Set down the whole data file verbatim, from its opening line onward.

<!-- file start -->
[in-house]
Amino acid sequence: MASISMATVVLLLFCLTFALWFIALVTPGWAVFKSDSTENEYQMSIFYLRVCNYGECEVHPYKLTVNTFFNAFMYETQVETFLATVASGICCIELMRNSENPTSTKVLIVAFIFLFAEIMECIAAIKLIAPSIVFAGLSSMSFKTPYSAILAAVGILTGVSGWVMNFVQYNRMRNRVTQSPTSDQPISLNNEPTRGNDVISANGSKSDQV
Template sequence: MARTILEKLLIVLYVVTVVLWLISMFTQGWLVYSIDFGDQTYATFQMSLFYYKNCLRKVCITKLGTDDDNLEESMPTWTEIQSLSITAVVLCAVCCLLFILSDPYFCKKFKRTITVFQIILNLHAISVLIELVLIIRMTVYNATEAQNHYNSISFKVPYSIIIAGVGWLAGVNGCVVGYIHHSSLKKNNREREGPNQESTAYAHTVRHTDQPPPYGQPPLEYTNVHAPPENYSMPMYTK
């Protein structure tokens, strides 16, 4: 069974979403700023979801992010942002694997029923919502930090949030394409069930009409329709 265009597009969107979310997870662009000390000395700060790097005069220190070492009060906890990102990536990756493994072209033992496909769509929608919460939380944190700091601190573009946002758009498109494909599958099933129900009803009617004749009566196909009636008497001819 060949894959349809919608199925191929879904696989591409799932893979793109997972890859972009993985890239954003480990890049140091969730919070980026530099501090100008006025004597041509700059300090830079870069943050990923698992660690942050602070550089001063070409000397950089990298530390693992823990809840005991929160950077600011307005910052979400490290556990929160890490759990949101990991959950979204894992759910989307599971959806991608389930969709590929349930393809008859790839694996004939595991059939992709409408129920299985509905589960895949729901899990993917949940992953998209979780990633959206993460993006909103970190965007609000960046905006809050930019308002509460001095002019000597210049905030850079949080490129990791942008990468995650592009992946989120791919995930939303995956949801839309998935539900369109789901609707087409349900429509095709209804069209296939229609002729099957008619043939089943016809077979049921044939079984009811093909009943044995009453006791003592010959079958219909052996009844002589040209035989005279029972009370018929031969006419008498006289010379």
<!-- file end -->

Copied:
[in-house]
Amino acid sequence: MASISMATVVLLLFCLTFALWFIALVTPGWAVFKSDSTENEYQMSIFYLRVCNYGECEVHPYKLTVNTFFNAFMYETQVETFLATVASGICCIELMRNSENPTSTKVLIVAFIFLFAEIMECIAAIKLIAPSIVFAGLSSMSFKTPYSAILAAVGILTGVSGWVMNFVQYNRMRNRVTQSPTSDQPISLNNEPTRGNDVISANGSKSDQV
Template sequence: MARTILEKLLIVLYVVTVVLWLISMFTQGWLVYSIDFGDQTYATFQMSLFYYKNCLRKVCITKLGTDDDNLEESMPTWTEIQSLSITAVVLCAVCCLLFILSDPYFCKKFKRTITVFQIILNLHAISVLIELVLIIRMTVYNATEAQNHYNSISFKVPYSIIIAGVGWLAGVNGCVVGYIHHSSLKKNNREREGPNQESTAYAHTVRHTDQPPPYGQPPLEYTNVHAPPENYSMPMYTK
């Protein structure tokens, strides 16, 4: 069974979403700023979801992010942002694997029923919502930090949030394409069930009409329709 265009597009969107979310997870662009000390000395700060790097005069220190070492009060906890990102990536990756493994072209033992496909769509929608919460939380944190700091601190573009946002758009498109494909599958099933129900009803009617004749009566196909009636008497001819 060949894959349809919608199925191929879904696989591409799932893979793109997972890859972009993985890239954003480990890049140091969730919070980026530099501090100008006025004597041509700059300090830079870069943050990923698992660690942050602070550089001063070409000397950089990298530390693992823990809840005991929160950077600011307005910052979400490290556990929160890490759990949101990991959950979204894992759910989307599971959806991608389930969709590929349930393809008859790839694996004939595991059939992709409408129920299985509905589960895949729901899990993917949940992953998209979780990633959206993460993006909103970190965007609000960046905006809050930019308002509460001095002019000597210049905030850079949080490129990791942008990468995650592009992946989120791919995930939303995956949801839309998935539900369109789901609707087409349900429509095709209804069209296939229609002729099957008619043939089943016809077979049921044939079984009811093909009943044995009453006791003592010959079958219909052996009844002589040209035989005279029972009370018929031969006419008498006289010379």